Teaching is quite often a career people fall into rather than a first choice, that’s exactly what happened to me; the desire to travel led me to teaching and I’ve never looked back since. There are fewer rewarding occupations and fewer that provide such a variety of opportunities, anyone who complains about teaching being a boring job has clearly not taken advantage of the numerous options available. To learn more about starting a career as a teacher click here.
My own teaching journey began with a tefl course in London; following university the desire to travel and explore the world had got to the point where it was now or never, but due to an inherent failure in saving money I needed an alternative means to fund my trip. After a brief look into various visa options in particular countries a friend of mine recommended teaching English abroad and my research into tefl began. Tefl courses are not overly strenuous, provide the basis for your teaching methodologies and how to cope in a foreign environment, give an opportunity to meet likeminded people beginning the same adventure, and are essentially a ticket to anywhere in the world. Whilst there are some countries where a university degree is enough to be able to teach, many have tefl certification as a strict requirement and it also gives a greater chance to land the better paid positions.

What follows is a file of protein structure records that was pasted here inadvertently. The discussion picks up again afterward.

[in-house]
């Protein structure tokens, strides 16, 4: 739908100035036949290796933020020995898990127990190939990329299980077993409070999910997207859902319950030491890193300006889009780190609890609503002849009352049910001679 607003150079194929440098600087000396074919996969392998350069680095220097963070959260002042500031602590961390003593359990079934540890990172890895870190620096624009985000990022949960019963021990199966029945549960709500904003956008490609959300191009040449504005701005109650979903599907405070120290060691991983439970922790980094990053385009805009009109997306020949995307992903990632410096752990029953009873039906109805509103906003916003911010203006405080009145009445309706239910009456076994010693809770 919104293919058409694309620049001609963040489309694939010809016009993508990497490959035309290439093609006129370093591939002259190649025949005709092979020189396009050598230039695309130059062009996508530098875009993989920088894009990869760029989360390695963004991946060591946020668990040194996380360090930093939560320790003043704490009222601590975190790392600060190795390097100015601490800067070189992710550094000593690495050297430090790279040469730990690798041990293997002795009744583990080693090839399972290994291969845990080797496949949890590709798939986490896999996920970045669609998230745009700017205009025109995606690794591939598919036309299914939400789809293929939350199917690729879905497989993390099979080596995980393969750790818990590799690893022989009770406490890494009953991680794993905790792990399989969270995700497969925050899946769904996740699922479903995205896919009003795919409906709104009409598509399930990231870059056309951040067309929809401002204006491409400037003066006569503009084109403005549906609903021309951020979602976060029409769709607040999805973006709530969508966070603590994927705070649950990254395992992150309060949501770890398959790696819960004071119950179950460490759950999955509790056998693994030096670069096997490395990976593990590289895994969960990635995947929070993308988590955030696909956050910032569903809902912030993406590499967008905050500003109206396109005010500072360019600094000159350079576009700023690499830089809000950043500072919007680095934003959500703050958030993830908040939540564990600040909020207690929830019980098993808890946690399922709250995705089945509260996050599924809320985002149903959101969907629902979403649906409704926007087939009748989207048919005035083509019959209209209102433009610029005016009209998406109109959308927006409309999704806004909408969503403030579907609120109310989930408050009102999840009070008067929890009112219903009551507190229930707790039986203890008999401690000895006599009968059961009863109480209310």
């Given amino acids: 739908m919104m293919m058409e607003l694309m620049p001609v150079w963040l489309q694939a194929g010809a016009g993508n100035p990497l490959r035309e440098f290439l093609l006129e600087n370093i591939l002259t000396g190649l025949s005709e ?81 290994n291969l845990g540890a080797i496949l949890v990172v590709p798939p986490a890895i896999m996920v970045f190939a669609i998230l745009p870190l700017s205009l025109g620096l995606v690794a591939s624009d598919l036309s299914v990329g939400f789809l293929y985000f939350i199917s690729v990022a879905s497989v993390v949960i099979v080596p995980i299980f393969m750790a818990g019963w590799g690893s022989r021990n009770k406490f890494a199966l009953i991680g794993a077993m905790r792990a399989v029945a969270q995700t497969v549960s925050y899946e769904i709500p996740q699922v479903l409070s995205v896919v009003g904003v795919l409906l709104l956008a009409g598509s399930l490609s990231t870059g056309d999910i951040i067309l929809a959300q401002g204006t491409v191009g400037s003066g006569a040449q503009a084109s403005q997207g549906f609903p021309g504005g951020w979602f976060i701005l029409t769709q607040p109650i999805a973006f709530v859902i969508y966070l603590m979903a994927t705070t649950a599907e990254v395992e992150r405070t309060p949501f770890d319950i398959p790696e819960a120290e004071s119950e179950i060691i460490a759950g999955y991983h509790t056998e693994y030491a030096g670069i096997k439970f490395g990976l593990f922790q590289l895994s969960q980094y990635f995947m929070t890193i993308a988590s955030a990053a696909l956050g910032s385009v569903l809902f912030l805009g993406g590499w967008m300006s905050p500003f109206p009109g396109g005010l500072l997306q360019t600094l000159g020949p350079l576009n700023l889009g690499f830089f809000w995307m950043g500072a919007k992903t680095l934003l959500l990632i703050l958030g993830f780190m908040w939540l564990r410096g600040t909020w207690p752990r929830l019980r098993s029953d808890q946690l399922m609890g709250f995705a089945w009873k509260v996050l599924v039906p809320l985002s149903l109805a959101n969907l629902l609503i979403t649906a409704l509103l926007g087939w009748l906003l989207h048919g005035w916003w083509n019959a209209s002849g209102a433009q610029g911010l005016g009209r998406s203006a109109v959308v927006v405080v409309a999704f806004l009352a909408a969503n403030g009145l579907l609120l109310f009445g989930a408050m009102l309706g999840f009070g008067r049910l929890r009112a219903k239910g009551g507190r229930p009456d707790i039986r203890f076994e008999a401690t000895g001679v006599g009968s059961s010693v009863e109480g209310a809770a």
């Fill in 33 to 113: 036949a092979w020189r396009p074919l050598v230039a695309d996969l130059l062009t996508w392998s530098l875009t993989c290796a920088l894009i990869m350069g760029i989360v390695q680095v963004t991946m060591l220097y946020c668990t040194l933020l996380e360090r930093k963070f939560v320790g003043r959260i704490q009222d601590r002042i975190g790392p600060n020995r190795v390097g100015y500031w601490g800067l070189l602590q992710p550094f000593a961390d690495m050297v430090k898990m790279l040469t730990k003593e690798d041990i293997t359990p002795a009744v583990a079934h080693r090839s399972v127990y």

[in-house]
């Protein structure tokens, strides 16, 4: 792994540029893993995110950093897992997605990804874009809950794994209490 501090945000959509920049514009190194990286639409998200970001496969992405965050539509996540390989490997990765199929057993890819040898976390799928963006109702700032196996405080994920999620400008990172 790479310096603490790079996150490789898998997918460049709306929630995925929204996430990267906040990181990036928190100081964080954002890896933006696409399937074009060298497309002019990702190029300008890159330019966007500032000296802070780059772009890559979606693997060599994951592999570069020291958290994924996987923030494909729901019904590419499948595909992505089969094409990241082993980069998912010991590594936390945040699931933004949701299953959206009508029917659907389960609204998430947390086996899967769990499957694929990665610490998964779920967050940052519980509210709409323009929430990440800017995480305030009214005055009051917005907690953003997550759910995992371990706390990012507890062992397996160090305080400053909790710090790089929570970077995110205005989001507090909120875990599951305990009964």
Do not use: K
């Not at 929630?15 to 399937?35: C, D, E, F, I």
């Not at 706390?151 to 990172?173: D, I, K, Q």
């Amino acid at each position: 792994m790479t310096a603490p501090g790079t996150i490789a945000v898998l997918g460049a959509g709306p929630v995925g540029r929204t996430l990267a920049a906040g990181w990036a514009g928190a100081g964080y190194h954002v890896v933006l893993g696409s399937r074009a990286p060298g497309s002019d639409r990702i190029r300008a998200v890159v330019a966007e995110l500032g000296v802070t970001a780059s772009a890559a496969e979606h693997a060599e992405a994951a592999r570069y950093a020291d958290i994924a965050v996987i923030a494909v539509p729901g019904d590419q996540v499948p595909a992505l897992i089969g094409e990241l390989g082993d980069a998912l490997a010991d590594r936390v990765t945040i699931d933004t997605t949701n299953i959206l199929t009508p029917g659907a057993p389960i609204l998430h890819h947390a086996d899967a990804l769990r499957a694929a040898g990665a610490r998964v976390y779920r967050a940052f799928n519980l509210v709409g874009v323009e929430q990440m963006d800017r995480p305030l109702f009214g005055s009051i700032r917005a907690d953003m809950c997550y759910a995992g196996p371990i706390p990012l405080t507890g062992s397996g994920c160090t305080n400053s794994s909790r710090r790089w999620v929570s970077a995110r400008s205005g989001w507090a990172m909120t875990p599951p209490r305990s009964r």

I had a list of destinations that I wanted to see on my travels, and almost all were recruiting for English teachers following completion of my course. English is in great demand throughout the world due to its importance in so many aspects of global life. Initially I arranged a 6 month placement in Thailand and was lucky enough to receive a relatively high salary and have accommodation costs covered too, and this ideal location meant I could explore almost all of South East Asia. As a teacher I was embraced by the locals and soon slipped into the Thai way of life, but most of all it was seeing the progress of young children speaking English that I enjoyed most. And all of this meant that I found it impossible to head home and it was on to China which turned into an 18 month stay! I managed to progress into teaching English to university students and suddenly I began to realise that the urge to travel was leading into a profession from which I could never see myself leaving.
On my return to the UK I was nervous that I would find it difficult to secure a job in a school, after all in my eyes I had spent the last 2 years on holiday really. However to my surprise, after completing my PGCE, the experience I had abroad was held in pretty high regard, and I had a number of interviews almost instantly. And after almost 3 years enjoying my position in the History department of a wonderful school in Kent, my itchy travelling feet have got the best of me again and I am heading to Chile to be part of a teacher training programme, something which I am really excited about, and a part of the world I cannot wait to see.
I can’t imagine there are many careers which provide so many exciting, interesting and exotic opportunities, and even if you are not interested in teaching for the long haul, I whole heartedly recommend teaching English abroad.